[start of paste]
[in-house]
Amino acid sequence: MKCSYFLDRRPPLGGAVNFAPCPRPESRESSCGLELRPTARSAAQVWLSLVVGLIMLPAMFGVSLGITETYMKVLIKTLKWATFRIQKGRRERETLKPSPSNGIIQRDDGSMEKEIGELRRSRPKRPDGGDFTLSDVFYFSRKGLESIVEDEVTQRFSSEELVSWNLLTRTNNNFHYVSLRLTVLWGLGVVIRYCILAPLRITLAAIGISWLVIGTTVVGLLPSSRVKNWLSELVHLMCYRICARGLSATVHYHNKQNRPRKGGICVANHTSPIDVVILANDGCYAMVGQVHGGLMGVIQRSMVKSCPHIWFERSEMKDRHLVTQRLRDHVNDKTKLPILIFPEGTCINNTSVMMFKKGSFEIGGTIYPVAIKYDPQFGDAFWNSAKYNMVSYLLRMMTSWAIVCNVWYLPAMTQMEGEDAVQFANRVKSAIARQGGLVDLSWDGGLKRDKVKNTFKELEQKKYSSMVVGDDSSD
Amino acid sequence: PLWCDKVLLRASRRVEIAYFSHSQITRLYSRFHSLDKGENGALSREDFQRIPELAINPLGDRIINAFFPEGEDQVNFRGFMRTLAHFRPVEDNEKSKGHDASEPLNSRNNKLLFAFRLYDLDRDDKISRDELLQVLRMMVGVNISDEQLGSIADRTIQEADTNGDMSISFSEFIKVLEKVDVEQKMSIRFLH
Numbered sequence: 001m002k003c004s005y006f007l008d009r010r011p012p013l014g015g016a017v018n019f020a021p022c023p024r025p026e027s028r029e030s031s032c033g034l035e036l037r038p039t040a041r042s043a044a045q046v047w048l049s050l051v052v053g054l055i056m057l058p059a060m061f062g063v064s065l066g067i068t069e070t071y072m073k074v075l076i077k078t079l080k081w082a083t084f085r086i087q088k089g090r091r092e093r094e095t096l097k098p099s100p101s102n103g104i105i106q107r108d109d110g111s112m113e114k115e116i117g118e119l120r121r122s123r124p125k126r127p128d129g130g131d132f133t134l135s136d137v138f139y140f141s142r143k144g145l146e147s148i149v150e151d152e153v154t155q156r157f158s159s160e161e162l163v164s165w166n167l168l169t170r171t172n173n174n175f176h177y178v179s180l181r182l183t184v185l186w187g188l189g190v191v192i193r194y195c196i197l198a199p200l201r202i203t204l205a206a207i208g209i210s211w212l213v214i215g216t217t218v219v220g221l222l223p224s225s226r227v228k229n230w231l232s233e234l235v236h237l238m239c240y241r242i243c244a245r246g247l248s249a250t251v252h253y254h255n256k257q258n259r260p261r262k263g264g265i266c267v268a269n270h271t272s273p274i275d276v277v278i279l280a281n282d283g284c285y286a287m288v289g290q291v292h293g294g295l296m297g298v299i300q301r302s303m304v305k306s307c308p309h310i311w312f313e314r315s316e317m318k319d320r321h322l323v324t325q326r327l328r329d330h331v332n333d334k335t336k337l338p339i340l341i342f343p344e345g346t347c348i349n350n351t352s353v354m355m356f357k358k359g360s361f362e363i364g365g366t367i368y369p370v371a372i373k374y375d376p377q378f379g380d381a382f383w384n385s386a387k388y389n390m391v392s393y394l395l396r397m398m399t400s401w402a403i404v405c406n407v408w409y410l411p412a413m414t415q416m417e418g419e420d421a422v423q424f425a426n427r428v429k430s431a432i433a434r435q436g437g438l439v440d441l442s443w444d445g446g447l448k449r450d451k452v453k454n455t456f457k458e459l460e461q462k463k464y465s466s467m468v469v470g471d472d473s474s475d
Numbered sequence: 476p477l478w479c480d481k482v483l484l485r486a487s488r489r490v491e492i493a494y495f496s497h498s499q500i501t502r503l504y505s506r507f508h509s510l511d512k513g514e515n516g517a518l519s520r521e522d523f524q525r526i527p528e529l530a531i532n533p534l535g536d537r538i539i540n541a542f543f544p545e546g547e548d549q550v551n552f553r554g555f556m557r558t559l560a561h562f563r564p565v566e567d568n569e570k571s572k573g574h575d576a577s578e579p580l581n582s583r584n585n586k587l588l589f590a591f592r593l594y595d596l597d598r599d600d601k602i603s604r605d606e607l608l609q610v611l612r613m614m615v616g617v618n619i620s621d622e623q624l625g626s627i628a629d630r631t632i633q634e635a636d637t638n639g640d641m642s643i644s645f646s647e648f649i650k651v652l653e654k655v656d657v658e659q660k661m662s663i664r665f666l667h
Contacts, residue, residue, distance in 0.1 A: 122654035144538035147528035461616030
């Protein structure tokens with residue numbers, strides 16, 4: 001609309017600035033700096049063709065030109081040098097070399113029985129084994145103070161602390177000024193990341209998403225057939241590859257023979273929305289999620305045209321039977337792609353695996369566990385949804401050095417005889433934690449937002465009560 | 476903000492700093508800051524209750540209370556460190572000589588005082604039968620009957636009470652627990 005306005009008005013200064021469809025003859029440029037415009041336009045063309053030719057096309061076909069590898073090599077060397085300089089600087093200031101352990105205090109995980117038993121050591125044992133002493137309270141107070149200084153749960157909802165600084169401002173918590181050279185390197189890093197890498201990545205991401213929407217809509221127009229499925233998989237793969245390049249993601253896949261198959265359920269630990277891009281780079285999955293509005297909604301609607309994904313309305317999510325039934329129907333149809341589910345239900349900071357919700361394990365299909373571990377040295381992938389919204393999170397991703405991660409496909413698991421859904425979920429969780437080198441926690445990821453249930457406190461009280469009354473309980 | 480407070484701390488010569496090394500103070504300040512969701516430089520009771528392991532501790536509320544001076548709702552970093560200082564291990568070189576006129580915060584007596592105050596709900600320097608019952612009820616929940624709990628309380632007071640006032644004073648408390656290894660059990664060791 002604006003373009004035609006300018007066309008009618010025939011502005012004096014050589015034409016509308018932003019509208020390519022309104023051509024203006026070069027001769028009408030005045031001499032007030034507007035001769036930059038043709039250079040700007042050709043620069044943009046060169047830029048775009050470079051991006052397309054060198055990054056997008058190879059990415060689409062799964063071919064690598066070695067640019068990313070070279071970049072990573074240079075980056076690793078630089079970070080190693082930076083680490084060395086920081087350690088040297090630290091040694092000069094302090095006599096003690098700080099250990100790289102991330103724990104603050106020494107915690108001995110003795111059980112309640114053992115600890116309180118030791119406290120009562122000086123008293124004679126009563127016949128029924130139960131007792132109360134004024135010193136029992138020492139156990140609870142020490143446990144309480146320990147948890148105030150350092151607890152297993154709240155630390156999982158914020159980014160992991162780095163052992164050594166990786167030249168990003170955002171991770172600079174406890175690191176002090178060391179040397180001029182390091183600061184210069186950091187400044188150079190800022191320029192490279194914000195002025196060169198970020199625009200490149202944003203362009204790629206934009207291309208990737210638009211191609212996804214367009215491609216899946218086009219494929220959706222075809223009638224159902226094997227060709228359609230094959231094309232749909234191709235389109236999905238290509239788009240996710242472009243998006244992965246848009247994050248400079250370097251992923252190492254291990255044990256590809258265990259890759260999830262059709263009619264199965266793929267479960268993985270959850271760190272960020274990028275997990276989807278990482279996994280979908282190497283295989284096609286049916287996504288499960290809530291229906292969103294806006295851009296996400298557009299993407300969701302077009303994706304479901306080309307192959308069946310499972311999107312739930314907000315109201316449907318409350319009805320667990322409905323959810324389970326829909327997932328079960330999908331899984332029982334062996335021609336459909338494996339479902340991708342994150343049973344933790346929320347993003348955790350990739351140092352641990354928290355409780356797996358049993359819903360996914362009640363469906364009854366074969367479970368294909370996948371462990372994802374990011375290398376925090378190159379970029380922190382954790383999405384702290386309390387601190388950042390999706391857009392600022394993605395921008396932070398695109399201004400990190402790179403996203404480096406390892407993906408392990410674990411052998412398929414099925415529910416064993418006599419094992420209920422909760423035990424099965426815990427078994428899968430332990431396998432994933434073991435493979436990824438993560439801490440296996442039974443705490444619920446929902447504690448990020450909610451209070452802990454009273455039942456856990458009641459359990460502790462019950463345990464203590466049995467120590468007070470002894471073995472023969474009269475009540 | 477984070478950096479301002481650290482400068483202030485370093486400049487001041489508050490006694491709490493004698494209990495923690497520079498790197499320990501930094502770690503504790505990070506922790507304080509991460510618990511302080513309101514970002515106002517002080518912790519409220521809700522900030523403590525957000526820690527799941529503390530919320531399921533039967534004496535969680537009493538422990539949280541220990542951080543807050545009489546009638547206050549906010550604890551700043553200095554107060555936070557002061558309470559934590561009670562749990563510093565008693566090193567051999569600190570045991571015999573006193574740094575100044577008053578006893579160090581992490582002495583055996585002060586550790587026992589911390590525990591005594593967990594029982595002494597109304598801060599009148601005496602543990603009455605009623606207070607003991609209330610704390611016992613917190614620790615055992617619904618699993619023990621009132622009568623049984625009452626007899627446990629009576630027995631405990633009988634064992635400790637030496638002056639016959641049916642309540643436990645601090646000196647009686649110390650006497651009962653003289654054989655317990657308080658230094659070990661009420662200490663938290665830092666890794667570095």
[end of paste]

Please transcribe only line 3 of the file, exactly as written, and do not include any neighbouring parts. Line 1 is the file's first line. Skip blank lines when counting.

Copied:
Amino acid sequence: PLWCDKVLLRASRRVEIAYFSHSQITRLYSRFHSLDKGENGALSREDFQRIPELAINPLGDRIINAFFPEGEDQVNFRGFMRTLAHFRPVEDNEKSKGHDASEPLNSRNNKLLFAFRLYDLDRDDKISRDELLQVLRMMVGVNISDEQLGSIADRTIQEADTNGDMSISFSEFIKVLEKVDVEQKMSIRFLH